Wednesday, March 18, 2009

Transparent Poems 2

Stanley Kunitz is a poet I don’t know well, but recently I dreamed of finding a lost poem by him. Then I wrote about transparent poetry that allows the world to be visible through it, and a friend sent me this:

I never tire of birdsong and sky and weather. I want to write poems that
are natural, luminous, deep, spare. I dream of an art so transparent that
you can look through and see the world.
Stanley Kunitz
Paris Review Interview The Art of Poetry 29

I like the rhymes in the universe.

Thanks to Allison Atwill

Tuesday, March 17, 2009

Transparent Poems and Poems that are Journals

Poems are journals
I’ve always been interested in poems that have some degree of transparence to events and feelings, water over weeds in a stream bed. I noticed this first with the Chinese poets and it led me to an interest in Zen. When I first read Basho, in Brisbane, I think, I remember that my body relaxed, which was something it was in need of. I could see that anything in life could be included and there could be accuracy as well as a feeling for the moments when, no matter how humble our activities, we know that we are moving through vastness. So these are poems that are a certain kind of journal. Here is Basho,
Holding wheat ears
To support myself,
I say goodbye

Wordsworth’s, “Upon Westminster Bridge” is an English example.

This City now doth like a garment wear
The beauty of the morning; silent, bare,
Ships, towers, domes, theatres, and temples lie
Open unto the fields, and to the sky;
All bright and glittering in the smokeless air.

Wordsworth is more interested in flash than Basho. He is impressed by how impressed he is by the scene; he wants it to mean something grand. Then he pulls it off, he does convey something grand. The similarities are there too. Both poets are tourists who notice what their minds are doing. For them, what you think and feel is the point of going on a journey.
You know the kind of thoughts you tell a friend? There is a different kind of thought, that is not about making my case or loving someone, or sharing my state of mind. This kind of thought gropes towards what it’s like to be alive. For example, a haiku, Durham, January 09.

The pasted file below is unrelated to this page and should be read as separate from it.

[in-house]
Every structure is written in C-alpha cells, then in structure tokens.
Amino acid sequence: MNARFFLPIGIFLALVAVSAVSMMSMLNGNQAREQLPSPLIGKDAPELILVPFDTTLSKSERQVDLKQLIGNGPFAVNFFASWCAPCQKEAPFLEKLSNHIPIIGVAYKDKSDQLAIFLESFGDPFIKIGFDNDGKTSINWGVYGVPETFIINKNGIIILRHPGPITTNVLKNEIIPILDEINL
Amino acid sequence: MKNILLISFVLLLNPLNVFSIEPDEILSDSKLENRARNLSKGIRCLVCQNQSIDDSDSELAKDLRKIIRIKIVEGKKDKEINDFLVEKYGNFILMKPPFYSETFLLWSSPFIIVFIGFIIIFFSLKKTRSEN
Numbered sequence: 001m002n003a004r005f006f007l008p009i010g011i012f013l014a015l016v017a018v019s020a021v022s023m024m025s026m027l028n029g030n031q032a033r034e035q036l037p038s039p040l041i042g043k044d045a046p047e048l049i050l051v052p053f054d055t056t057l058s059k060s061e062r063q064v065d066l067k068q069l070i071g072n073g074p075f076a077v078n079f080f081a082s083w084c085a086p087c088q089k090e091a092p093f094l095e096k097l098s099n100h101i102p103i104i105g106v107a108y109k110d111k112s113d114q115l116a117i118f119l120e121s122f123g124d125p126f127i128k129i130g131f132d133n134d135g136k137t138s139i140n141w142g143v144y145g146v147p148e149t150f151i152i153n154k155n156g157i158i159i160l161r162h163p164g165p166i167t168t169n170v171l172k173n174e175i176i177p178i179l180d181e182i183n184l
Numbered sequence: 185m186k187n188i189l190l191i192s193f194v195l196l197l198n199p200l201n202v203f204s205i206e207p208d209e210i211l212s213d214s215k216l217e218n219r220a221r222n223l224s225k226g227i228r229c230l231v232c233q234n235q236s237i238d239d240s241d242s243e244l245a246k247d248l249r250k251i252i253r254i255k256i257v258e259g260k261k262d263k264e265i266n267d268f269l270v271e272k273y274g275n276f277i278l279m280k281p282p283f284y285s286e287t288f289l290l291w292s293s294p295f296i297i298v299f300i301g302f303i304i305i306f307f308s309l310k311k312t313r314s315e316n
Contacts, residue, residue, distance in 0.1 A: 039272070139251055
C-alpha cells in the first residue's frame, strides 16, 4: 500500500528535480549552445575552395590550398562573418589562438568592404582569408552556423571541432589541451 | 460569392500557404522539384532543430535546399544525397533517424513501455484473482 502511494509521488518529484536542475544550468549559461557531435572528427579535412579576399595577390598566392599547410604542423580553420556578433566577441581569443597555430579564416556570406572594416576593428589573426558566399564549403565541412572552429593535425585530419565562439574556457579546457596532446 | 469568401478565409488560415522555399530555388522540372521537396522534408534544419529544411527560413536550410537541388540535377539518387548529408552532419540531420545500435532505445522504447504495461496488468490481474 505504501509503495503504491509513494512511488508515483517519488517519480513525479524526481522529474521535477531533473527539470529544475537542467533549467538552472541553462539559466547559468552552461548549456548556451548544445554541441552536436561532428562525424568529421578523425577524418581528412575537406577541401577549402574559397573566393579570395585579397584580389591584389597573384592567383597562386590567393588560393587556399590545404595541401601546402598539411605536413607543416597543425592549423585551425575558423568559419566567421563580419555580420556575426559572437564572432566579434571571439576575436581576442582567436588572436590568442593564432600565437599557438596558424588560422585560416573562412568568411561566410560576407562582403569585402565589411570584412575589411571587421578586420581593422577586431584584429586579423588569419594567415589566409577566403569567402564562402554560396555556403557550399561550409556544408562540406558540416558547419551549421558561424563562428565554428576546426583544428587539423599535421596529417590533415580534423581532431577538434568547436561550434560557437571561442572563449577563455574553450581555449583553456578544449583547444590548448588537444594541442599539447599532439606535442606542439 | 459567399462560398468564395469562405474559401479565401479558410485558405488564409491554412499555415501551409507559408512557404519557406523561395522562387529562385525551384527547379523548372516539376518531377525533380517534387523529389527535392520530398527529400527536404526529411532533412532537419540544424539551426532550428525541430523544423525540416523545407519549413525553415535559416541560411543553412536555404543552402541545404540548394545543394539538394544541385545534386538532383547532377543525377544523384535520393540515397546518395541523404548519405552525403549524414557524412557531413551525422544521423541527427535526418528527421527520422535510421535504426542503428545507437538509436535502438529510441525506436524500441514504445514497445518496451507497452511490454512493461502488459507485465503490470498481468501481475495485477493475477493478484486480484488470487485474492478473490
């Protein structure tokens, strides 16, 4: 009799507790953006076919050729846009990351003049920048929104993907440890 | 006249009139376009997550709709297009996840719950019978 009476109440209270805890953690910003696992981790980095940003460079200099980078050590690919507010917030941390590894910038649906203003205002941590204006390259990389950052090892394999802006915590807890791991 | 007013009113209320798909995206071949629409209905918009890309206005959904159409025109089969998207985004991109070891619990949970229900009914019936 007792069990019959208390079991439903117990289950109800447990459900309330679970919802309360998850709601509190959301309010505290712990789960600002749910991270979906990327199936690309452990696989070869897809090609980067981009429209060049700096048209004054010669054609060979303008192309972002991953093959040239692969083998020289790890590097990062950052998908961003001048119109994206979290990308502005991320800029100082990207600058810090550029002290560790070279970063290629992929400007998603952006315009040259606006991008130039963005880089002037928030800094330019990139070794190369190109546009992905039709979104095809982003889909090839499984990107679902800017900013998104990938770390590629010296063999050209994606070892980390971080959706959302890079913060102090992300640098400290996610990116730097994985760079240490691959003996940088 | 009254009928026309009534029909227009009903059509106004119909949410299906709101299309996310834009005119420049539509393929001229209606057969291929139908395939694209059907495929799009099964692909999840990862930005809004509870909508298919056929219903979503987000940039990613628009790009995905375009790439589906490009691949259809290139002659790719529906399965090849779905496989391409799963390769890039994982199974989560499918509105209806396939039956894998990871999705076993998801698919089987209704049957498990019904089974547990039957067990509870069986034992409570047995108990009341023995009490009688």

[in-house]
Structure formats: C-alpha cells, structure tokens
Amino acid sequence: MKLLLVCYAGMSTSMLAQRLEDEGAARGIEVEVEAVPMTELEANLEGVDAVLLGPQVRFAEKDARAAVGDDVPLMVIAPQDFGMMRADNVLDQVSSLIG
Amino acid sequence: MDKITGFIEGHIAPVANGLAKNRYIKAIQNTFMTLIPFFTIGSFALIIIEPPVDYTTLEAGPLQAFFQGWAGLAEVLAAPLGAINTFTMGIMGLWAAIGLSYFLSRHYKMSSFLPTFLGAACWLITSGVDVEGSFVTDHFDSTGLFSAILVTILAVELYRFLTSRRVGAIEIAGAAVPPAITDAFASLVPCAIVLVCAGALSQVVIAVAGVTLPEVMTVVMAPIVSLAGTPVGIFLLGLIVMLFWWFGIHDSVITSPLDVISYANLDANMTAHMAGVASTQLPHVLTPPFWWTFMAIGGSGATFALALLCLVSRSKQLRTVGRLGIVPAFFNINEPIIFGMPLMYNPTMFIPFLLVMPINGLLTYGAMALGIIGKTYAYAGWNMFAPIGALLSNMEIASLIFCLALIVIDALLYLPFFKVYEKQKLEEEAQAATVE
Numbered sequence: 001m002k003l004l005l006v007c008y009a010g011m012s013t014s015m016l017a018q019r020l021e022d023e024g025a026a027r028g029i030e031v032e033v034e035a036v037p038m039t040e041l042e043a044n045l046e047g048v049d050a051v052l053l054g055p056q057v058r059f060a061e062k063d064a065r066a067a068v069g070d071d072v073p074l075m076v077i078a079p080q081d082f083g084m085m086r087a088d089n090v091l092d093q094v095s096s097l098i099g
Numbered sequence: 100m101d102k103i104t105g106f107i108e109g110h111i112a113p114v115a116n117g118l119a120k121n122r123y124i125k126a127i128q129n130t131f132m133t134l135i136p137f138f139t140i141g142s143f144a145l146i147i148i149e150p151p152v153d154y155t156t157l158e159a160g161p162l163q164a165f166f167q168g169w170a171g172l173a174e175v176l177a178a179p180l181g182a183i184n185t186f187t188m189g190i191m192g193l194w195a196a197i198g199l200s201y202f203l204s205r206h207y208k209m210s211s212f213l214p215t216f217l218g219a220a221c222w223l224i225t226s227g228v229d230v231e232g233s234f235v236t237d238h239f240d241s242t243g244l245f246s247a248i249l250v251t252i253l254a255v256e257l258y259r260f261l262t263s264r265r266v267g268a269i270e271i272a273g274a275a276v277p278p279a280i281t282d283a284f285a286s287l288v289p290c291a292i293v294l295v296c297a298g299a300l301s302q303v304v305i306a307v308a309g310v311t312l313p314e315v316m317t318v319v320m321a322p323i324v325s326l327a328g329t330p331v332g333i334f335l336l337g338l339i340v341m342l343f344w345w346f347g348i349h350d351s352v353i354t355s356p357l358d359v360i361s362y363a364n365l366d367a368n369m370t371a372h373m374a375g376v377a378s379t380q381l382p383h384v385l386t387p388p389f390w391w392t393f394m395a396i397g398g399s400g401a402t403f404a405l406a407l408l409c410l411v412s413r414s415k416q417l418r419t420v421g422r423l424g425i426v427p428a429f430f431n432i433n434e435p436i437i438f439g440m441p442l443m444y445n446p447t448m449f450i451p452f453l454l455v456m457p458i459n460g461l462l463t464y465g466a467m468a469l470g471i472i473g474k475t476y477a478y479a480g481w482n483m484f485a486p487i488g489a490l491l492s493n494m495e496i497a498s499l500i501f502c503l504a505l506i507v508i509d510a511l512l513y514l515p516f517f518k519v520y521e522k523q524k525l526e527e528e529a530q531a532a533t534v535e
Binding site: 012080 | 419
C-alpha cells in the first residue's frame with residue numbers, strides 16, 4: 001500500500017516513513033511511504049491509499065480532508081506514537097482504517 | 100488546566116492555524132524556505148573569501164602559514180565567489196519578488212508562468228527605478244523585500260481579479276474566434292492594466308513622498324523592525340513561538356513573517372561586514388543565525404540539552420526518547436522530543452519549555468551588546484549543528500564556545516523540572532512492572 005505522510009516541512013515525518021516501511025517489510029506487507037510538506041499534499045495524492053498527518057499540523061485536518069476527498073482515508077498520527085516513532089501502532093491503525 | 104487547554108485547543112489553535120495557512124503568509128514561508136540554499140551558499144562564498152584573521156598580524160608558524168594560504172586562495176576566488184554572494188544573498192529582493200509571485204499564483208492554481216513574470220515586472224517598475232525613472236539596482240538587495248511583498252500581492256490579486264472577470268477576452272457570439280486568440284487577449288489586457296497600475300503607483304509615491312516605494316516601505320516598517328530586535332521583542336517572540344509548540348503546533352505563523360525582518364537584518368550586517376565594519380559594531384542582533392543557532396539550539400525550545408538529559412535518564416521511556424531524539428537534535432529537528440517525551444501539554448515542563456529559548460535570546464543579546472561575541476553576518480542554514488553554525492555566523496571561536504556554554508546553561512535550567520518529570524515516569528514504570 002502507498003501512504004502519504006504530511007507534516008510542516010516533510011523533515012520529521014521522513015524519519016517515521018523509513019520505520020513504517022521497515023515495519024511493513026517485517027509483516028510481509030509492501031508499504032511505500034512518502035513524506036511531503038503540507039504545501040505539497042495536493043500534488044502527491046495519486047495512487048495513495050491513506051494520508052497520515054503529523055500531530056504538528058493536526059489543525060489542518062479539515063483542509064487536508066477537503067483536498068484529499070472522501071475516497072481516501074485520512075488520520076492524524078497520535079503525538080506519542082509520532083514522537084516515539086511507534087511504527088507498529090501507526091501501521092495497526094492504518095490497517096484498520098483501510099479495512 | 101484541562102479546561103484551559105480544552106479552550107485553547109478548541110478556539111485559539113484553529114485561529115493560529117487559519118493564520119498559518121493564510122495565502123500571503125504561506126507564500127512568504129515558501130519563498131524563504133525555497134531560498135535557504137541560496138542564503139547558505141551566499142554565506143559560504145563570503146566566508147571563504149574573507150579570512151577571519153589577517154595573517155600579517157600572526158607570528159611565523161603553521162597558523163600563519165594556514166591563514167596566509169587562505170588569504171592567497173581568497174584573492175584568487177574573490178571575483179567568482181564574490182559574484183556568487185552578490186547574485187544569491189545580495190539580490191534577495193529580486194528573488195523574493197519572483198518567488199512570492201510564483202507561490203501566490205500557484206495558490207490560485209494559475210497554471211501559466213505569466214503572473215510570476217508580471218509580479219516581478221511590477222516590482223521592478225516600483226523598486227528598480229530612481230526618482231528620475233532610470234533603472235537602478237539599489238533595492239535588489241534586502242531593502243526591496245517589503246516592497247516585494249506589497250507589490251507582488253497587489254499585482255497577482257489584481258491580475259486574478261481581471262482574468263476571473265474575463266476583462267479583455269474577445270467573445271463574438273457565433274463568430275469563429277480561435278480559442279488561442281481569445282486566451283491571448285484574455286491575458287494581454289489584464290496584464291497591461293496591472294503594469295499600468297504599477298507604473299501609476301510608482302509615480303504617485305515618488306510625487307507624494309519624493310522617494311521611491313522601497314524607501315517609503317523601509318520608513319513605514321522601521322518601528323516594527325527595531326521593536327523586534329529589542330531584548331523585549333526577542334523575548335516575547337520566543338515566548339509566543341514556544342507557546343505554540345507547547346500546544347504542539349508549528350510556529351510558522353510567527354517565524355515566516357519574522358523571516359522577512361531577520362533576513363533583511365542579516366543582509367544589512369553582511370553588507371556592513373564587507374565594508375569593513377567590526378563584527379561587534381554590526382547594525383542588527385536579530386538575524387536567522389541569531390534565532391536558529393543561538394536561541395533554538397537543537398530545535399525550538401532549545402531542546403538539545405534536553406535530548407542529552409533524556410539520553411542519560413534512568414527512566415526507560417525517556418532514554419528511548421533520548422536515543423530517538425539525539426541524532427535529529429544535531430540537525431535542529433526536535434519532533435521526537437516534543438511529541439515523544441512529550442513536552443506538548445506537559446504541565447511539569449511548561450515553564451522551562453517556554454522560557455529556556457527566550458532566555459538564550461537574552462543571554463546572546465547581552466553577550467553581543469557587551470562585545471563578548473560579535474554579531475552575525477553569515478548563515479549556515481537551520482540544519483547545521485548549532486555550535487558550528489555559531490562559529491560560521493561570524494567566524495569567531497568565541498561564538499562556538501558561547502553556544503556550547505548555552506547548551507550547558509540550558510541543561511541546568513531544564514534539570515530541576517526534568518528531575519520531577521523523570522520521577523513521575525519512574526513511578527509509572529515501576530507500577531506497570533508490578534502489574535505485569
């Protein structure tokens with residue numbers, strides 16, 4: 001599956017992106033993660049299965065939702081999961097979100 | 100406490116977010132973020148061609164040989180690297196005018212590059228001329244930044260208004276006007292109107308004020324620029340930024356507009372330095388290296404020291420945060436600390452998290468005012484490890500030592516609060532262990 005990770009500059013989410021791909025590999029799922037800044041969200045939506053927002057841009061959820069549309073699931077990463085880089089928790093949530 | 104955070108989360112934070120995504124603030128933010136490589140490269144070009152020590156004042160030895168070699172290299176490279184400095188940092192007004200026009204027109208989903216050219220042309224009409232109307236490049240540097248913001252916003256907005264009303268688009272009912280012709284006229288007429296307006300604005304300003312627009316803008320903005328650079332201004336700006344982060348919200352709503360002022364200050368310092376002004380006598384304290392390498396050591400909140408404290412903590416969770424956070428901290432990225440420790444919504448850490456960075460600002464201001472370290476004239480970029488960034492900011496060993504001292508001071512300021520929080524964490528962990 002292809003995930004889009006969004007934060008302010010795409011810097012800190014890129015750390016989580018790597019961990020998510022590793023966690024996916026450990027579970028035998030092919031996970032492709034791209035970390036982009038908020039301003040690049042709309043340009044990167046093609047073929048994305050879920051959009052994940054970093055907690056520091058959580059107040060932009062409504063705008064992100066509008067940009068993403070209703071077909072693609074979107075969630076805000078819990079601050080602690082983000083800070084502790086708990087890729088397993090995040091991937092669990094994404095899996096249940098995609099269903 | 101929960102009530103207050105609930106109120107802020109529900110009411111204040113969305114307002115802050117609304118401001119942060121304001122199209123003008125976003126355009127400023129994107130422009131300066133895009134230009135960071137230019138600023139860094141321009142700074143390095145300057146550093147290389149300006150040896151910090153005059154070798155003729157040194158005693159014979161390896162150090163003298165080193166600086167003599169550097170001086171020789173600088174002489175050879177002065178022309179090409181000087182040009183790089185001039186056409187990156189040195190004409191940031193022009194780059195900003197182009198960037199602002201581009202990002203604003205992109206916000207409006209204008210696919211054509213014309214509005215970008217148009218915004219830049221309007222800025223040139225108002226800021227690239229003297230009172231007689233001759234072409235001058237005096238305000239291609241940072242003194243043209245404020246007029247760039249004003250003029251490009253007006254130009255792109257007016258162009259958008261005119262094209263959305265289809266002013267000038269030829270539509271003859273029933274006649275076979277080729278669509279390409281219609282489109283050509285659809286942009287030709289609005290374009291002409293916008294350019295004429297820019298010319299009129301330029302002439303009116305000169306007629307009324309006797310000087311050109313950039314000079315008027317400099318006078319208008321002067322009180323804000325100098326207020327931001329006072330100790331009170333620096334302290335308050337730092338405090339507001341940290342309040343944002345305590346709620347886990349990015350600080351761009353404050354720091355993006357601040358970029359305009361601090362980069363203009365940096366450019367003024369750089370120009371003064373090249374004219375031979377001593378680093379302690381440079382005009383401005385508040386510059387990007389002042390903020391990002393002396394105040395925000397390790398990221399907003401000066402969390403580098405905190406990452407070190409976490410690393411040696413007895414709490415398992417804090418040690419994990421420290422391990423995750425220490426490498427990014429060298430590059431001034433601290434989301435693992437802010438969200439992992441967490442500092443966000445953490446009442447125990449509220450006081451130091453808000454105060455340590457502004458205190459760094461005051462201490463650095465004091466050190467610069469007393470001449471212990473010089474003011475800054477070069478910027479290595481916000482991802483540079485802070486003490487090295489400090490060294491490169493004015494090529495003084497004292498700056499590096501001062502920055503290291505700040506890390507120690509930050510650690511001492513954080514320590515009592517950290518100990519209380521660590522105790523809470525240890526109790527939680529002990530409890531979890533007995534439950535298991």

It rained in the night,
I was part of that. At dawn
again, winter rain.

Through poems like this I keep an erratic journal of the thoughts that I don’t quite understand—the thoughts outside my usual thoughts. They don’t have a punch line. I like the idea of a spirituality without a moral too. Here’s another way of doing a poem journal, also without a moral, which is just to describe the surfaces.


We sailed out of Sausalito.
There was no wind, then a lot.
We sailed to San Francisco.
A queue of freighters came in through the Golden Gate against the ebb.
One of the ships had big cranes on the deck and was obscured by smoke.
It looked like a ship from the London dockyards a century ago.
We came back around Angel Island.
We did more than nine knots.
In Raccoon Straits there was a tribe of seals and hundreds of sea birds.
The seals barked.
The wind died.
We saw a whale. It had barnacles and dark flukes. It was heading for the Golden Gate.
We saw the whale again.
A boat was adrift. We took it in tow.
When we docked the owner found us. He wore shorts and a Hawaiian shirt.
His boat pumps out the heads of the boats all over the Bay; the business is called MT Head.
He promised us a free pump out.
We had espresso.
We took out the other, smaller, boat.
The wind came hard in gusts. We lay over and came back up.
I learned how to tighten the back stay to pull the mast back and change the shape of the sail.
Then we sailed fast.
We sailed up Richardson’s Bay.
Divers were working on a sunken boat.
We could see just the mast.
We cleaned our boat and checked the rigging.
I had a flat tire.
A man in a Land Rover had a flat battery but I couldn’t drive to him to help.
I changed my tire.
We ate fish tacos.
We talked.
We didn’t solve anything.
We walked around the night harbor among the boats.
I drove home.

Let me know about poems that you think of as journals.